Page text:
The thickness of the half hollow spheres was investigated by FE-SEM. The FE-SEM images of the Pani half hollow spheres (Figures 4(a), 4(b), 4(c), 4(d), and 4(e)) and Ppy half hollow spheres (Figures 5(a), 5(b), 5(c), and 5(d)) demonstrated different thicknesses. The thicknesses of the Pani half hollow spheres (Figures 4(a), 4(b), 4(c), 4(d), and 4(e)) were 30.2, 38.0, 42.2, 48.2, and 52.4 nm, respectively. The thicknesses of the Ppy half hollow spheres (Figures 5(a), 5(b), 5(c), and 5(d)) were 16.0, 22.0, 27.0, and 34.0 nm, respectively.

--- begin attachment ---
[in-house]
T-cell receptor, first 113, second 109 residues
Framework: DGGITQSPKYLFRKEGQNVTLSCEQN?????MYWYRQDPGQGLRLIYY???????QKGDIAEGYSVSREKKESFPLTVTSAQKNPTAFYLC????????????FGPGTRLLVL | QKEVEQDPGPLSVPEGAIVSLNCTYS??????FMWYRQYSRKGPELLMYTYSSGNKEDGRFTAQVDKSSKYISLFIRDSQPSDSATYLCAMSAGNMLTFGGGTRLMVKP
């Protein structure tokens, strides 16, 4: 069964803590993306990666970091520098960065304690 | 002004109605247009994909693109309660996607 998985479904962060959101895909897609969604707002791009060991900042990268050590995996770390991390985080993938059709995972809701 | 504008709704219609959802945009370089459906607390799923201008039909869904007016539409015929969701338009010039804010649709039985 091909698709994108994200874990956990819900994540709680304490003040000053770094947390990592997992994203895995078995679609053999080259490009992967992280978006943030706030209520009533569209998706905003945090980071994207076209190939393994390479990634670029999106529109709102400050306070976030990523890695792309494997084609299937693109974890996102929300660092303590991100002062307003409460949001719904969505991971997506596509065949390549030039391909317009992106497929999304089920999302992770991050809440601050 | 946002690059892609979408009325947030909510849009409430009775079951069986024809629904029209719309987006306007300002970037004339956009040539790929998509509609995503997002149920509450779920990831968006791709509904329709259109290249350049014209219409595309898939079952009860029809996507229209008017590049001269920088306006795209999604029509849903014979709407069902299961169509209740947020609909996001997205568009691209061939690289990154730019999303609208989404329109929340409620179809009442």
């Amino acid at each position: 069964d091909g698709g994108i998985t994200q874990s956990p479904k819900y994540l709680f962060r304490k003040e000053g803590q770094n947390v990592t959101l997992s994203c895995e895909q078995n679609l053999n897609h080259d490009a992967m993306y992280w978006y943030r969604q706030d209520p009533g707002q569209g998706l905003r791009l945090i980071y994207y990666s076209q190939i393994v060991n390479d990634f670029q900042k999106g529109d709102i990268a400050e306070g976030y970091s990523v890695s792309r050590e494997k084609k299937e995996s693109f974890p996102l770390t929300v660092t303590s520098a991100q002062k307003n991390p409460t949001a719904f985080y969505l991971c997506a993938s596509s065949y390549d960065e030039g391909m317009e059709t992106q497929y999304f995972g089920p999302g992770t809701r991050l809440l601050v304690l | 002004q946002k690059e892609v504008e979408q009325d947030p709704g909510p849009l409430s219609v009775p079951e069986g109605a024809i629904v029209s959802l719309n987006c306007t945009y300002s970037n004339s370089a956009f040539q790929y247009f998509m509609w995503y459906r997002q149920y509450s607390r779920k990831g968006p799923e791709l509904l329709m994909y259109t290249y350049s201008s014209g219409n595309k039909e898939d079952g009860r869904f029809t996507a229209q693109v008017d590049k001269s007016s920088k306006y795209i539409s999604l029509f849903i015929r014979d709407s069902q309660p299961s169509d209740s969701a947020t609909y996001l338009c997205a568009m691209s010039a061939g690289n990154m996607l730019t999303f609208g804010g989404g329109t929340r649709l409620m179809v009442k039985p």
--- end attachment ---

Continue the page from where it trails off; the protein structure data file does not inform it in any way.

Figures 6(a) and 6(b) show the shell thicknesses of the Pani half hollow spheres and Ppy half hollow spheres as a function of the amount of monomer. The shell thickness linearly increased with increasing amount of monomer. From these results, it is possible to control the shell thickness of the Pani and Ppy half hollow spheres by adjusting the amount of aniline or pyrrole monomer. Therefore, it is able to control the desired shell thickness of the Pani and Ppy half hollow sphere in these ranges. As demonstrated in the results shown in Figures 6(a) and 6(b), it is simple to obtain Pani and Ppy half hollow spheres with specific shell thicknesses.